It official the 2016 Tax Season has started! I’m sure you’re busy gathering your tax documents to complete your return this year. However, in order to get the most tax saving “bang for your buck” you should be smart with your investments and retirement assets throughout the year to get the most benefit. Below is are some tax saving tips that all retirement savers should be doing in 2016 and every year for that matter.
There are a lot of laws in the US related to investing and taxes. Because of this complexity many investors pay a lot more tax than they need to be. On the flip side this is a huge opportunity for smart investors to take advantage of the current system for their benefit just by managing your portfolio to minimize your tax burden.
What we are really talking about is tax efficiency. This is basically looking at your after-tax return. This is one of the best return numbers to consider because it is what you are actually getting once taxes are paid. For example, would you rather have an investment that pays you 20% but 50% is taxable or an investment that pays you 15% but is only 15% taxable. This could very well be the case when you consider state and federal ordinary income taxes versus long term capital gains rates. In general, the more investment income that you receive from an investment (like interest and dividends) the investment is LESS tax efficient. This is when compared to capital appreciation ie. the price going up. This is because of different tax rates on this type of income, taxed at ordinary income tax rates versus long-term capital gains rates. Ok so now that you know that let’s explore how we can save you some money on taxes!
Different Account Types – Taxable, Tax Deferred, and Tax Exempt Accounts
Before you, the investor, can do anything to improve the tax efficiency of your investing you need to know and understand how your accounts are structured and how they operate under the law. In general, accounts can be either taxable, tax-deferred, or tax-exempt. Taxable accounts include individual and joint brokerage accounts, bank accounts, money market among other accounts. These accounts require the investor to pay taxes on their investment income in the year it’s received. This means if you sell a stock for a gain you have to report the gain in that year. Likewise, if you receive interest or dividends, you need to report that income on your tax return that year. Get it? Ok, the next account types are tax-deferred. These accounts are Traditional IRAs and 401ks (there are others but these are the most common). These accounts you have to pay tax on every dollar that comes out of the account at ordinary income tax rates. Money goes in these accounts pre-tax so you either get a deduction on your tax return (as in the case of a traditional IRA) or it’s never included in income (as in the case of 401ks). Finally, we have tax-free accounts. The most common of this type of account is the Roth IRA. (Note you can also have a Roth 401k). The contributions to these accounts were made with after tax money which means when it comes time to take the money out you are not taxed again. All of these accounts have pros and cons and it’s good to have money in all of these different accounts (which you’ll see why a little later) but in general tax-efficient investments should be made in the taxable accounts, and more tax inefficient investments should be made in the tax-deferred or tax-exempt accounts.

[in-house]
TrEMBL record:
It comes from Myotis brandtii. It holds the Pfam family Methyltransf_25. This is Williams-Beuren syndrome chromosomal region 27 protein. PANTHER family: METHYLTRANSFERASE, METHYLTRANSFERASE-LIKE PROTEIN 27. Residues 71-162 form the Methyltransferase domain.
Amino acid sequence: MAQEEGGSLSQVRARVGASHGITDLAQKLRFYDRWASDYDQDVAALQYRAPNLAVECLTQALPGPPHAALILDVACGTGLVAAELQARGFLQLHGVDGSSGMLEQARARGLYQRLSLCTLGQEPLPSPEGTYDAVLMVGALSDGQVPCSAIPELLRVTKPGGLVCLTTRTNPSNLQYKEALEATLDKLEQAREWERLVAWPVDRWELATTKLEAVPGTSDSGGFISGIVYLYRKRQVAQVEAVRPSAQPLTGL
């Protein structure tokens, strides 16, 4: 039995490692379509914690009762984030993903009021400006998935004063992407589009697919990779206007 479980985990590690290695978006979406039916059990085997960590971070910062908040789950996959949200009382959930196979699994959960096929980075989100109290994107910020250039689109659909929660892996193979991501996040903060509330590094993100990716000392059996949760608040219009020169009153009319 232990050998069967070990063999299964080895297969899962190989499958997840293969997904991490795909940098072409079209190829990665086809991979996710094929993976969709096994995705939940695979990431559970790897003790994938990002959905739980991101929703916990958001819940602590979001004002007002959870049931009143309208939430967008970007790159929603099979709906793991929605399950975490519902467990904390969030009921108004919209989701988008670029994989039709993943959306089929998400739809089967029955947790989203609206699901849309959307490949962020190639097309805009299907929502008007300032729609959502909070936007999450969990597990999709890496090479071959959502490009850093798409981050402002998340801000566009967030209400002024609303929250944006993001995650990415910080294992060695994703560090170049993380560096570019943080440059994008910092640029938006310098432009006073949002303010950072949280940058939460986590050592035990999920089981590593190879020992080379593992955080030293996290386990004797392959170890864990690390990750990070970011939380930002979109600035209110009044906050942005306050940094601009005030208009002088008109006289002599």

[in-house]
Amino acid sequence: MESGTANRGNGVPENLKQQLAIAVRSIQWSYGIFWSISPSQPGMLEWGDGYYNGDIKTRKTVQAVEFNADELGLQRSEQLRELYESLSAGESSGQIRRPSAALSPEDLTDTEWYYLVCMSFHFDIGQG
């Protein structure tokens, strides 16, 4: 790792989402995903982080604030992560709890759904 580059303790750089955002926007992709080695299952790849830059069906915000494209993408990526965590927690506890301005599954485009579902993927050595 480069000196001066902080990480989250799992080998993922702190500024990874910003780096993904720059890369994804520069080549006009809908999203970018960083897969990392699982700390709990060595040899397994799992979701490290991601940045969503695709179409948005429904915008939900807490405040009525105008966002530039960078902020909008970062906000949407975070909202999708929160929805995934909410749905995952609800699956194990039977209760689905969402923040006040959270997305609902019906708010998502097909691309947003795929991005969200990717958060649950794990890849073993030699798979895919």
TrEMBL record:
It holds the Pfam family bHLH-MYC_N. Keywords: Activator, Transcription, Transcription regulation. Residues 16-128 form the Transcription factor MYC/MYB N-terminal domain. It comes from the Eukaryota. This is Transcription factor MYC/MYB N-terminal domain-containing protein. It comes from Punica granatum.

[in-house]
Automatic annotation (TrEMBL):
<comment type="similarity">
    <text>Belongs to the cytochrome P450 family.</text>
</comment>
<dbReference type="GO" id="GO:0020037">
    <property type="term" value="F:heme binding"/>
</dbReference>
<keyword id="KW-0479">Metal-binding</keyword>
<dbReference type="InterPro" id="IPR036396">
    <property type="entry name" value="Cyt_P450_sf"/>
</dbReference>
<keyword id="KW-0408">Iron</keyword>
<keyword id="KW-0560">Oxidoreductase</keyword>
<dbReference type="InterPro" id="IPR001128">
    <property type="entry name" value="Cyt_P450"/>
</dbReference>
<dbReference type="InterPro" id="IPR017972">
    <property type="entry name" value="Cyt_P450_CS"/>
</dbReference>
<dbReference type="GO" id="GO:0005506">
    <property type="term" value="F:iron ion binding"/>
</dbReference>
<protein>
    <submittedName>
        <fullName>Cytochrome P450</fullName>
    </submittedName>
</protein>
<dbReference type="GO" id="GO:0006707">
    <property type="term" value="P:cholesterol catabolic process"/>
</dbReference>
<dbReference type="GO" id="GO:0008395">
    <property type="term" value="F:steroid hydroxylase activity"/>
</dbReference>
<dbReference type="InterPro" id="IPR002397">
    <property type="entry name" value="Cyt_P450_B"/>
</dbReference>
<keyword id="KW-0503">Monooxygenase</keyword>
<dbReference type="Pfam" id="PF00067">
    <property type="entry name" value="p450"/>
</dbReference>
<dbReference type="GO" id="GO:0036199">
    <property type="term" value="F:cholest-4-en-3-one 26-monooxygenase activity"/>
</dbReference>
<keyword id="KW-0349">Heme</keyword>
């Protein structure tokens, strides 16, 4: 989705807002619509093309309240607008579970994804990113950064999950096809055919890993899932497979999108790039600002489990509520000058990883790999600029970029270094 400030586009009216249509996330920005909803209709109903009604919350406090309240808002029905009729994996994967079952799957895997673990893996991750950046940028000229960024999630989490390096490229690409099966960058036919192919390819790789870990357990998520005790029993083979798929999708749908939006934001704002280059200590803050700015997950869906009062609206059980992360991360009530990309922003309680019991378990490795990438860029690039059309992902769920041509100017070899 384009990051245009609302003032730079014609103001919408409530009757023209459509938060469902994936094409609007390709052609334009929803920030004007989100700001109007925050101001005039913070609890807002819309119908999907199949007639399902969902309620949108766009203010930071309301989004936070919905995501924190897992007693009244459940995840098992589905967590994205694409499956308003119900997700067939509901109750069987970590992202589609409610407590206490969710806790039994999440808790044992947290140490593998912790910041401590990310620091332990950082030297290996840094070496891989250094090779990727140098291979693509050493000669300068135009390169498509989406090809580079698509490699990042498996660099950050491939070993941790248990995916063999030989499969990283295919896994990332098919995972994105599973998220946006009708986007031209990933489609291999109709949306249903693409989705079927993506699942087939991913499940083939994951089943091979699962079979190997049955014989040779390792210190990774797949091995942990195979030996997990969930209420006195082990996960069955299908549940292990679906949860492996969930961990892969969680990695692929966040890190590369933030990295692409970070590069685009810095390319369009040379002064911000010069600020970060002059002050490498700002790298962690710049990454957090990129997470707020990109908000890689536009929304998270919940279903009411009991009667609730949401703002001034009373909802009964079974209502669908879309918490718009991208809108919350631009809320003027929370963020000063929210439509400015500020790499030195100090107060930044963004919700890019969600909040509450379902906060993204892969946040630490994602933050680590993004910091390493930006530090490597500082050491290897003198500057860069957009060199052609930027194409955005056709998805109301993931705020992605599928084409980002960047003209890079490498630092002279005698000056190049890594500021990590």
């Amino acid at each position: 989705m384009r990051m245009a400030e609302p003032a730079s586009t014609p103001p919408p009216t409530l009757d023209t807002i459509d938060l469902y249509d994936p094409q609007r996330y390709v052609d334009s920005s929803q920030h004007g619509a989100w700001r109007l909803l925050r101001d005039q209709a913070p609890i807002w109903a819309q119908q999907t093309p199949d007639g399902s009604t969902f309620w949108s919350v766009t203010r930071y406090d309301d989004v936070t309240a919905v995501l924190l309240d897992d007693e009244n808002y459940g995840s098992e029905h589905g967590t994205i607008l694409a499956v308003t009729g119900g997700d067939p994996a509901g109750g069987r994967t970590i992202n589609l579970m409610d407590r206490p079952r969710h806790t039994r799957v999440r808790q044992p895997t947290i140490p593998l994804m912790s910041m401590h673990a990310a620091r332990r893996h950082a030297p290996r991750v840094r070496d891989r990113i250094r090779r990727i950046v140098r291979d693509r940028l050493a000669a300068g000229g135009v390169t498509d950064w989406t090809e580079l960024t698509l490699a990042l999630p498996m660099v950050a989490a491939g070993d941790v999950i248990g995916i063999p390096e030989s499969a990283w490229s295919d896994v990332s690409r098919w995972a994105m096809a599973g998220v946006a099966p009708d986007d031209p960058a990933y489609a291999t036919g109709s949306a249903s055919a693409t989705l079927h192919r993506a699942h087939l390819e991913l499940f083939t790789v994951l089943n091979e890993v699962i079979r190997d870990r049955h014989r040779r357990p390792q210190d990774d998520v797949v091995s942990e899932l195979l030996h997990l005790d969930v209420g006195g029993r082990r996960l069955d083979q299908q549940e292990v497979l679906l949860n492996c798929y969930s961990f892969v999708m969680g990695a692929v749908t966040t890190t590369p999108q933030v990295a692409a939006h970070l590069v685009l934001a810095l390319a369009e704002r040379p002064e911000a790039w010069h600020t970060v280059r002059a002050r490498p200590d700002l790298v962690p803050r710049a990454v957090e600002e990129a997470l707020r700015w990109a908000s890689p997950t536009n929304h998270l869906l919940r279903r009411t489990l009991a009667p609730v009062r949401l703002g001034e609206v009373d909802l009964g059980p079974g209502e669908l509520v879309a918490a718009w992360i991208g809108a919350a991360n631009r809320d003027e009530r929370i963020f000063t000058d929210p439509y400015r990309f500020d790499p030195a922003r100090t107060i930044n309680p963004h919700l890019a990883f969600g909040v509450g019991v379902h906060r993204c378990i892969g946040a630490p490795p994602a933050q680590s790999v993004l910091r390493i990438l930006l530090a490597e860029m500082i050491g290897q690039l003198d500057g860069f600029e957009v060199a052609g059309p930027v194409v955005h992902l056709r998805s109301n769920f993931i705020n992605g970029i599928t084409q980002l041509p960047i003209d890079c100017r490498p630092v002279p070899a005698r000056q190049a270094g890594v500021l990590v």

Make Sure You Know and Understand your Tax Bracket
Now that we have a good understanding of all the different account types you should learn how to best use them based on your tax bracket. You need to determine your marginal income tax bracket. You should be able to do this by looking at your tax return or by asking your Maple Grove Tax Preparer. The higher your marginal tax rate the better tax efficient investing will be for you. This means that someone who is in the 39.6% tax bracket will gain more benefit from tax efficient investing than someone who is in the 15% bracket.
Ok, so you have your bracket, now you need to be aware of the difference between taxes on your income and taxes on your capital gains. Your income is taxed as ordinary income tax rates which is where you bracket comes in. If you make $450k in income per year, every dollar you earn over that will be taxes at 39.6% federally. That’s a lot of money going to the government. Alternatively, capital gains taxes, as long as they are long-term (over a year). Capital gains tax rates are 0%, 15%, or 20% depending on your marginal tax rate.